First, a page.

While still a deacon, Gregory organized a procession to take place in the streets with various groups beginning in different places and all meeting eventually at the Basilica of St. Mary Major. These groups consisted of the representative groups of the society: 1) clergy, 2) abbots and monks, 3) abbesses and nuns, 4) men, 5) married women, 6) widows, and 7) children and the poor of Rome. These processions took place at the height of the plague on April 25, 590. The people of Rome saw this plague as a chastisement from God for their sinfulness, which certainly has a venerable tradition in the history of the Church and in the Biblical tradition.

Many people were reported to have collapsed and died from the disease during the processions, but the chanting proceeded un-ebbed. The image of Mary, the Mother of God was retrieved from the basilica and marched through the streets. There is a pious tradition in which St. Michael the Archangel appeared with a flaming sword which he sheathed when the procession reached him. He was seen above Hadrian’s Mausoleum which is now called the Castel Sant’Angelo (which was named for this very story). God’s just wrath was satisfied and the plague supposedly stopped immediately. Prayers of thanksgiving were offered to the great Mother of God for her intercession.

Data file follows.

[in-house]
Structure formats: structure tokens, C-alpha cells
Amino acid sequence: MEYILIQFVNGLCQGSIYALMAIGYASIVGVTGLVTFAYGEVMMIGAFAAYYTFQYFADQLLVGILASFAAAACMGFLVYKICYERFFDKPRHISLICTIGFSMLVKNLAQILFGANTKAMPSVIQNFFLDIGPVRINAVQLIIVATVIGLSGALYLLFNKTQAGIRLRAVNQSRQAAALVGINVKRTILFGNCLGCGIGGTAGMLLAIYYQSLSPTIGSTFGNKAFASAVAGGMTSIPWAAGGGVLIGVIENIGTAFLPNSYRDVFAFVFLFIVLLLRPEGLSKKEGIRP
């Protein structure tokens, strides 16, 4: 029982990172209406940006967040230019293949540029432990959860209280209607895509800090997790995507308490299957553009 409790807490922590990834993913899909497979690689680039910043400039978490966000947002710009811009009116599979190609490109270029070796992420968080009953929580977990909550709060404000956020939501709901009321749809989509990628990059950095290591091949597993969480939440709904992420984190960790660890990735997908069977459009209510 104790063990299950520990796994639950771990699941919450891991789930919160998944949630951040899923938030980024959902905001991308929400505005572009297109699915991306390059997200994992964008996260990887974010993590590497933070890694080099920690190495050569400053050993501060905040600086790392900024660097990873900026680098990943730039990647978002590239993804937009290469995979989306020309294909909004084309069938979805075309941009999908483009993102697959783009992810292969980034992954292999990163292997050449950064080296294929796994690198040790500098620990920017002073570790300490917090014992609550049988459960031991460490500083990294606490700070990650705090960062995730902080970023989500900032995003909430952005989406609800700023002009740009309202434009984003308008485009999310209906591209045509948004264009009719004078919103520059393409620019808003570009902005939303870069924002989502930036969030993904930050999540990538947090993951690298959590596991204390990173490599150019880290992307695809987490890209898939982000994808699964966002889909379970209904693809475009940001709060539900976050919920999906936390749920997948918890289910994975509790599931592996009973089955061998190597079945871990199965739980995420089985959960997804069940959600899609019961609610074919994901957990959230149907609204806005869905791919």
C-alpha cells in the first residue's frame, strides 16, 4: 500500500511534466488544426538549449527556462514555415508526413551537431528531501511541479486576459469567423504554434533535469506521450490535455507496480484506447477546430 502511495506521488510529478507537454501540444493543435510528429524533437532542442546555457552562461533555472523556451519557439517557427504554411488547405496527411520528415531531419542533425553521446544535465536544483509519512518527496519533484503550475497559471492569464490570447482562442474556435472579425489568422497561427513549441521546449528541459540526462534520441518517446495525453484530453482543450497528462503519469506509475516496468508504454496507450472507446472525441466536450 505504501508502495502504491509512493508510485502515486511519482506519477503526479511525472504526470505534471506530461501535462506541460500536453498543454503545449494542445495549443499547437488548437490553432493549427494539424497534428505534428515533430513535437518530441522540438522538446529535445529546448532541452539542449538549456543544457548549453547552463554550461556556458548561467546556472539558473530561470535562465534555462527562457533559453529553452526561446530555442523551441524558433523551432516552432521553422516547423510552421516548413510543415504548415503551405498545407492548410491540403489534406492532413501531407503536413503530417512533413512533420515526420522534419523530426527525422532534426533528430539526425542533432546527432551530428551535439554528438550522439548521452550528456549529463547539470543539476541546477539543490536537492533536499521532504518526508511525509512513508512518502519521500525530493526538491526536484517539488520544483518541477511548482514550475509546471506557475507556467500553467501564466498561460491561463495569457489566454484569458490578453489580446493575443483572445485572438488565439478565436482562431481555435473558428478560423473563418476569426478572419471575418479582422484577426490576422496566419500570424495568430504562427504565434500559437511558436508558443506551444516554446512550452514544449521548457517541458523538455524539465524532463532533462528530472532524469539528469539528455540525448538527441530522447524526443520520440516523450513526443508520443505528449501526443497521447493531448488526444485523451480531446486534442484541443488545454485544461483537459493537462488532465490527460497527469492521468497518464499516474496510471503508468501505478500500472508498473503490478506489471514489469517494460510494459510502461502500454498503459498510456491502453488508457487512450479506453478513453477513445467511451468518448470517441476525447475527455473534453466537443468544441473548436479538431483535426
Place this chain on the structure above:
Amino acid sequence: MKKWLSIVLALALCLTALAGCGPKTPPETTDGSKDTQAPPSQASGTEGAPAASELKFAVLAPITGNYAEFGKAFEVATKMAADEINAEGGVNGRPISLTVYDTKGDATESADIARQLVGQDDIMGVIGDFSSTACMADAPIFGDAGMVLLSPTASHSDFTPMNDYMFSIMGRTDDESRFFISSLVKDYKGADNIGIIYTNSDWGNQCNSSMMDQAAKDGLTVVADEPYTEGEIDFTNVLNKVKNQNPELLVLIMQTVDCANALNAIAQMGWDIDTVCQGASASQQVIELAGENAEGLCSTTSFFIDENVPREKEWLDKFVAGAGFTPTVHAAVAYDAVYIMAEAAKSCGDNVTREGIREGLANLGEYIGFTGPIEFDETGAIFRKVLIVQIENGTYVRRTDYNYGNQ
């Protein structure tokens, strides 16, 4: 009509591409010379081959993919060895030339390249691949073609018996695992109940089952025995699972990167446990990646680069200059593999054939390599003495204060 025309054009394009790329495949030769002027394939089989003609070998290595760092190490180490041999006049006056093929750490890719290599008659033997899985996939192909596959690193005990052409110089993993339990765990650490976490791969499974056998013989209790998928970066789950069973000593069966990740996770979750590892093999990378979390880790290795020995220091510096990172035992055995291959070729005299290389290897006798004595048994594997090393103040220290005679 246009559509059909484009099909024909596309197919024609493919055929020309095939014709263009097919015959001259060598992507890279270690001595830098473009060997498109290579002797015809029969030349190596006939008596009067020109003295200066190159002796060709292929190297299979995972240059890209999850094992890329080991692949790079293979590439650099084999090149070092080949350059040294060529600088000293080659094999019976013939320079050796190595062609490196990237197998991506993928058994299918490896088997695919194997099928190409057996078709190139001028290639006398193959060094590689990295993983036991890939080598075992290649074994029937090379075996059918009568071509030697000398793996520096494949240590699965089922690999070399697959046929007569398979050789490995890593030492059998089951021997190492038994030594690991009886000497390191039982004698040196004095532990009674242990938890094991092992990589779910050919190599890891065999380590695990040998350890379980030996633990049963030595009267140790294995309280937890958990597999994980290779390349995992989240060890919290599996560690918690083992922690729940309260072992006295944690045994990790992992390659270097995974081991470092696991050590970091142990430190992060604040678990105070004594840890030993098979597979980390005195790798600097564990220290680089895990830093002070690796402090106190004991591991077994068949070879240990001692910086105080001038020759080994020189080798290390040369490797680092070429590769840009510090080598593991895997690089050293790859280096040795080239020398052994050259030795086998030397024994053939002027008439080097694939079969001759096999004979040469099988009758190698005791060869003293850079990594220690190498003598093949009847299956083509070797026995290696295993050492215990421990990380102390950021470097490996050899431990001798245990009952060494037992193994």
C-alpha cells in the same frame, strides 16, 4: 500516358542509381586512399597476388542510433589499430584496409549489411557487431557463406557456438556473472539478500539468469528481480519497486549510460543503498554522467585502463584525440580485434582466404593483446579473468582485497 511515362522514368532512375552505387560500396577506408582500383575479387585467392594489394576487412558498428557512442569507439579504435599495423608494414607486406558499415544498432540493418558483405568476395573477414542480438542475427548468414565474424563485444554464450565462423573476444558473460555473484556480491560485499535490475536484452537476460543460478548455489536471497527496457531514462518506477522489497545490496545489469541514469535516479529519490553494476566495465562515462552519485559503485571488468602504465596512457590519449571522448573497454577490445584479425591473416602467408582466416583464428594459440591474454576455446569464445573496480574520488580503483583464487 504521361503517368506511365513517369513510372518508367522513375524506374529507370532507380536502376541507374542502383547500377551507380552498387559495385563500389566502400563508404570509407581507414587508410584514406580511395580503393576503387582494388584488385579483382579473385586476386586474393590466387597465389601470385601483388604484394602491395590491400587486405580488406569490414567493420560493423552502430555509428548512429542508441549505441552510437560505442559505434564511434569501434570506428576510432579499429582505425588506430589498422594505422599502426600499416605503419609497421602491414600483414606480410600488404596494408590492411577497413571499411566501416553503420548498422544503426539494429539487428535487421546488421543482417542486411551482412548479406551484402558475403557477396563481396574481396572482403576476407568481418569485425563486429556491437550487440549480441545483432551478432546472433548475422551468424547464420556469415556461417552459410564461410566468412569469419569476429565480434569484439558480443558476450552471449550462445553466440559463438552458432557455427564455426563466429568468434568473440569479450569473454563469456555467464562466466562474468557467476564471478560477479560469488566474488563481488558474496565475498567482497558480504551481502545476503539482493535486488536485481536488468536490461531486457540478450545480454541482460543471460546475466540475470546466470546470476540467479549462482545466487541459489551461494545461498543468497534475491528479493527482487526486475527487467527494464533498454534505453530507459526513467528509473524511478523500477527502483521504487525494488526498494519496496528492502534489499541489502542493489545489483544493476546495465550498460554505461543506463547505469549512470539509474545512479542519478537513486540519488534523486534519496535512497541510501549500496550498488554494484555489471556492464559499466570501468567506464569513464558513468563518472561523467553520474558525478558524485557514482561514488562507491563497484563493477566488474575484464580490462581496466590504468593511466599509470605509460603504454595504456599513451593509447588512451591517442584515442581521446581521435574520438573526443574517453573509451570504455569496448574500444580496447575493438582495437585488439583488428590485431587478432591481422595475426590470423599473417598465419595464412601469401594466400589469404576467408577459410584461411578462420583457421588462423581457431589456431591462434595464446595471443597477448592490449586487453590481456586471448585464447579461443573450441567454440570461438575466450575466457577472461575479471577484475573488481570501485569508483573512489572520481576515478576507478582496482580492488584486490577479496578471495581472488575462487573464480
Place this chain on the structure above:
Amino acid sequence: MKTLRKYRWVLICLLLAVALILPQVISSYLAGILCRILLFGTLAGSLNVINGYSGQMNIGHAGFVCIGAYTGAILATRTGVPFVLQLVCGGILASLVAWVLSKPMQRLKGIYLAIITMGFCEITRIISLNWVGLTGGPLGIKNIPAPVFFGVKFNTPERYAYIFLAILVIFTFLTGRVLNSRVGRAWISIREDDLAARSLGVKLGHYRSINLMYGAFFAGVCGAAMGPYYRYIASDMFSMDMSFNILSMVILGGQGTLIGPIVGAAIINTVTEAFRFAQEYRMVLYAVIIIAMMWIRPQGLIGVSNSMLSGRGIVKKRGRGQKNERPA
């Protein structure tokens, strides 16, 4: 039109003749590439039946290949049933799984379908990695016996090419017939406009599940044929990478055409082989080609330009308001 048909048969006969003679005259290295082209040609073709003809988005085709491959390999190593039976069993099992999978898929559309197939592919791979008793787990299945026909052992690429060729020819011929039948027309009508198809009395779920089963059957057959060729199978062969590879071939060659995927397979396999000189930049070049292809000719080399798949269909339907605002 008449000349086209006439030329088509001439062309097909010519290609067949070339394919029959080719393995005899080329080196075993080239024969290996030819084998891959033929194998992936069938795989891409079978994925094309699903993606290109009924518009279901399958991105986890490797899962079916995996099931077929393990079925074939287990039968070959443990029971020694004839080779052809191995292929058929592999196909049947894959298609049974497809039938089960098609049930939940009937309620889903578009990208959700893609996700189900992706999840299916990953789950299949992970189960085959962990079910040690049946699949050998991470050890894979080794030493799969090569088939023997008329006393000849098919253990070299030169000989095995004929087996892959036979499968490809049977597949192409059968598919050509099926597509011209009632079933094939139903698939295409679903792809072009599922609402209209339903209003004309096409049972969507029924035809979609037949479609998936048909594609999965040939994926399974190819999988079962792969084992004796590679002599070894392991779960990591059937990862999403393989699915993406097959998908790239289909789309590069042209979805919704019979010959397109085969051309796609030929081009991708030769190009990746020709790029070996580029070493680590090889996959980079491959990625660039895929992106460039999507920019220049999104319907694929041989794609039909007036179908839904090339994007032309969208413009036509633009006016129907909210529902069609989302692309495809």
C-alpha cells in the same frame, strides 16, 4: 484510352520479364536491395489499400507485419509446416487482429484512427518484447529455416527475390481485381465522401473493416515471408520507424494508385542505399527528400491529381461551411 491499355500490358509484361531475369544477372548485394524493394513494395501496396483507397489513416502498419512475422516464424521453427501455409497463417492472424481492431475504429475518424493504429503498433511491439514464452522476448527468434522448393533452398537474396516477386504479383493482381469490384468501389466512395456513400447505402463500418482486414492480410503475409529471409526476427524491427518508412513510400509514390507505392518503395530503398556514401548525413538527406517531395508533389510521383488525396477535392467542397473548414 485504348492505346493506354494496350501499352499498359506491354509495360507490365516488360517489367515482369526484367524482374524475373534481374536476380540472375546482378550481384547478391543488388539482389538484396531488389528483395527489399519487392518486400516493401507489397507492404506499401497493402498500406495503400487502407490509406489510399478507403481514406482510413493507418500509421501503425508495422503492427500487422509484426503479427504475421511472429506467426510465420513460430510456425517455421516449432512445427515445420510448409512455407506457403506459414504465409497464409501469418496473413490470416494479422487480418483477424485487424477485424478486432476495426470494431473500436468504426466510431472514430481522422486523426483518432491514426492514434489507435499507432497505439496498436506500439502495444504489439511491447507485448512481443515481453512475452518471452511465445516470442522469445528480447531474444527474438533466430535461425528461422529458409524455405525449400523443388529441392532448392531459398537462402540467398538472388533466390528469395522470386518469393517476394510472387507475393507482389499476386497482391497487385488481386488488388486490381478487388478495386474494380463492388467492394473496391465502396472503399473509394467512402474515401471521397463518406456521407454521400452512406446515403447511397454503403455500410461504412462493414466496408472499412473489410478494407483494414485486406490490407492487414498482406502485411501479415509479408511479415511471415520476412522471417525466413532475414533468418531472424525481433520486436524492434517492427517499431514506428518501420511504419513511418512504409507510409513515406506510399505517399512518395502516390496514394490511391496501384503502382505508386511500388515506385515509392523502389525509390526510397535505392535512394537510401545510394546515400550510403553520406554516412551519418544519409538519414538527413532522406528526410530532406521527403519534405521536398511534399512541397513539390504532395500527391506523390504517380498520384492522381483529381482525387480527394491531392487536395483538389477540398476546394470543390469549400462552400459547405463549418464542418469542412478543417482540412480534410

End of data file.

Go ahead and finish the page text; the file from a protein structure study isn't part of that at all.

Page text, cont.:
Of course, God is in control and can cut short any disease or plague. However, he will only do so if it for our spiritual good. This is true of personal illness and miraculous healings. What is required from us is the faith to endure any present sufferings and unite them to the Cross. We are also called to use prudence and what God has allowed us to learn through medicine and scientific investigation to do our part to stop the spread of germs. Gregory the Great, in the 6th Century, did not know what we do now about the nature and spread of viruses or disease. We cannot act imprudently and then presume that God will spare us anyway; this would be putting God to the test.

In times of plague and pestilence, may we not give in to fear and panic, but like Gregory the Great put our faith in God for deliverance, offering our own sincere prayers of repentance. Pope St. Gregory the Great, pray for us.

Photo by Fr. Barry Braum on Unsplash